While some might find a brand change at such an early stage of the business jarring, McBride and Johnson are more circumspect. Of their ‘great dream’ at Grand Rêve McBride says, “We feel in many ways our dream was realized.” Similarly Johnson says of the name change, “It’s kind of been a rebirth.”

So where would McBride and Johnson rather put their money than into lawyers? No one will be surprised to learn that they preferred to put it into dirt. And not just any dirt. The duo purchased an additional plot of land adjacent to Force Majeure Vineyard on Red Mountain.

The L-shaped parcel of land runs along Antinori Road. About half of the 20-acres are plantable with plans to develop the site over several years. McBride and Johnson look to make the focus southern Rhone varietals, including Grenache, Mourvedre, Grenache Blanc, Picpoul, and Roussanne.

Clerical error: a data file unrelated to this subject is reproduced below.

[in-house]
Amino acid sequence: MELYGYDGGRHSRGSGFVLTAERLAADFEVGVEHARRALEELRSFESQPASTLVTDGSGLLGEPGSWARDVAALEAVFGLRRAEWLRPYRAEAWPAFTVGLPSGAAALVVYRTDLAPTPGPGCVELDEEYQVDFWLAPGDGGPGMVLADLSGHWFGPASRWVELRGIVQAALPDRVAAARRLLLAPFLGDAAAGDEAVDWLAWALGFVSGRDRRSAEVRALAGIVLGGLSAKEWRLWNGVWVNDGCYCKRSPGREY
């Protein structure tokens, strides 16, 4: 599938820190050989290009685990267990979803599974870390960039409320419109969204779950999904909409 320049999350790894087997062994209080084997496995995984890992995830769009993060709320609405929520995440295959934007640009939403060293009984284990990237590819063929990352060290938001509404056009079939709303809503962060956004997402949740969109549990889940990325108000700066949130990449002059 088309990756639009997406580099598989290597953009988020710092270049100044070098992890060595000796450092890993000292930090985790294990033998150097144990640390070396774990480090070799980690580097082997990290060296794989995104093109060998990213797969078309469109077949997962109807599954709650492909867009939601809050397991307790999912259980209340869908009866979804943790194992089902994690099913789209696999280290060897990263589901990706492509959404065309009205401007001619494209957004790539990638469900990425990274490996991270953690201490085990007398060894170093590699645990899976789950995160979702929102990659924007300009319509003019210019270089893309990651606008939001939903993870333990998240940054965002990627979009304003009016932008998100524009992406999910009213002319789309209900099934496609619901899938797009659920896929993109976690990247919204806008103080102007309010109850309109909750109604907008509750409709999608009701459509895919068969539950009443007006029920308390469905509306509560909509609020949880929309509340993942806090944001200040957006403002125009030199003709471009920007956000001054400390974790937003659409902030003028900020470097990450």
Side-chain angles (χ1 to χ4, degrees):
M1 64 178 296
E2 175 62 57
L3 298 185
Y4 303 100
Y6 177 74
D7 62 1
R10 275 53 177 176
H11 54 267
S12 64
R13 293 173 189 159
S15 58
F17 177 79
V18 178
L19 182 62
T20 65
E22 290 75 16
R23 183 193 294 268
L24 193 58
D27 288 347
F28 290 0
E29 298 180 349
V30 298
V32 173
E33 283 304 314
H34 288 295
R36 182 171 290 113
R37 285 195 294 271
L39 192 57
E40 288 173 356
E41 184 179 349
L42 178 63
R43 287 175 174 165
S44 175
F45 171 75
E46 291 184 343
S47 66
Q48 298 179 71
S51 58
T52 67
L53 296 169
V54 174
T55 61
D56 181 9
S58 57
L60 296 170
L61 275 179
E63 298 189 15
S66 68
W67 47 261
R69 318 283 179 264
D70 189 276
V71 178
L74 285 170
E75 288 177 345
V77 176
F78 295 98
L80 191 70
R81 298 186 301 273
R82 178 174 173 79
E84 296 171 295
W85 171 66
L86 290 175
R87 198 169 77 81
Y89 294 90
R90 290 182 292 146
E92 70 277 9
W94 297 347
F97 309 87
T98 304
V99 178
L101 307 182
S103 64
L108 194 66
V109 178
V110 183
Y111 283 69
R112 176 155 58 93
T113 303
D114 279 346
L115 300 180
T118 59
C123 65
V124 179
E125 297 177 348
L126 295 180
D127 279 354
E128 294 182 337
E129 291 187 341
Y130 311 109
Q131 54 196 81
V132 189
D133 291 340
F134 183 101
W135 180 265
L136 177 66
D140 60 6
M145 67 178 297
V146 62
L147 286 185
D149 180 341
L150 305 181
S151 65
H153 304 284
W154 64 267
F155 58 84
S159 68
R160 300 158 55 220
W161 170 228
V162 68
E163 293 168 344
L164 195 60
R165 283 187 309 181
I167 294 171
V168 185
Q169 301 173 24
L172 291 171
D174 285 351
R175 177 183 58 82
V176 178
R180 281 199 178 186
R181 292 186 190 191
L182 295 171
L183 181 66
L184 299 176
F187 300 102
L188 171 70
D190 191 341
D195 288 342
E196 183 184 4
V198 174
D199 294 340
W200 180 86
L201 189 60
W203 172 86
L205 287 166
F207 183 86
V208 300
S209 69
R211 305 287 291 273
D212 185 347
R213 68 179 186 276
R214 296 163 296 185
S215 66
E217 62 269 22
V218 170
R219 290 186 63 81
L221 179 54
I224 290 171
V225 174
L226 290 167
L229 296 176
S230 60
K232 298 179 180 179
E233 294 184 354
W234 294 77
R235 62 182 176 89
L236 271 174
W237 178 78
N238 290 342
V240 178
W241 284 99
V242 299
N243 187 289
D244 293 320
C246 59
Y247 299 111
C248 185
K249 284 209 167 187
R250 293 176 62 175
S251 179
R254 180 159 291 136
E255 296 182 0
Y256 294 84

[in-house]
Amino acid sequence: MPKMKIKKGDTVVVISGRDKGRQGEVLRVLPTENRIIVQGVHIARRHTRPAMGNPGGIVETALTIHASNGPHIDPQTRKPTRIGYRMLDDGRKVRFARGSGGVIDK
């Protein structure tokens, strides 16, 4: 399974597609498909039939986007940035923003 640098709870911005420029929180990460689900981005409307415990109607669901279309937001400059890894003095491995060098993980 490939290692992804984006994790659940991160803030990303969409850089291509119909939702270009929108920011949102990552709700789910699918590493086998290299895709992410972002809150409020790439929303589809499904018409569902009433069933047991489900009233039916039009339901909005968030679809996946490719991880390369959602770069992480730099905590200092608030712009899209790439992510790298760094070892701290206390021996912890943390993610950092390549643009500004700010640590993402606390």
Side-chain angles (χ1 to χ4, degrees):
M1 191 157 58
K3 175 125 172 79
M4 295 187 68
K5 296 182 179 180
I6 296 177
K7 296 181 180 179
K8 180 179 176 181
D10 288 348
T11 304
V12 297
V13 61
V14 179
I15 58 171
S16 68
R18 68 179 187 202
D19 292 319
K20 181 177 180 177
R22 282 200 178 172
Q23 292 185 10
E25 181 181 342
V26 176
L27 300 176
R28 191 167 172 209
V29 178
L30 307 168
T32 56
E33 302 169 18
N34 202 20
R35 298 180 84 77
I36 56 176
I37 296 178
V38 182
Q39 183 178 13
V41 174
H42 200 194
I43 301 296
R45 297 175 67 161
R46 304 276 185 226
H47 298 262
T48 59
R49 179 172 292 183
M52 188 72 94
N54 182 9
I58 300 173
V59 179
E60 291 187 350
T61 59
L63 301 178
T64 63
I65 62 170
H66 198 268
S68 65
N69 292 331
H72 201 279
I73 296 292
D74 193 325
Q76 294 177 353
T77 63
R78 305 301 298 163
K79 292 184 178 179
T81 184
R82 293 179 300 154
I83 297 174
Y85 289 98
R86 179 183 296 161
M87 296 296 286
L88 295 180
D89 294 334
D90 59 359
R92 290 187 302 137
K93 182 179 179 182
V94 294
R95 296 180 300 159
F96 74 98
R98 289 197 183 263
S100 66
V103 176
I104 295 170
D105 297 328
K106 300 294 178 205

The site has been named Parabellum Vineyard in reference to a Latin phrase that translates, ‘If you want peace, prepare for war.’ While some might think this is a reference to the winery’s plans to deter potential grape thieves, there is another explanation.

“You find a lot of shell casings around Red Mountain,” Ryan Johnson explains. “I found one out there and on the back it said Parabellum. It seemed to fit.” Part of the property may also be used for a winery and tasting room in the future.

Other changes are afoot as well with the fall releases containing a few wrinkles. Force Majeure makes its first foray into white wines with a Viognier crafted by Mark McNeilly.

While white wines have long been in the shadow of their red counterparts in Washington, McBride believes the future for white wines is bright here.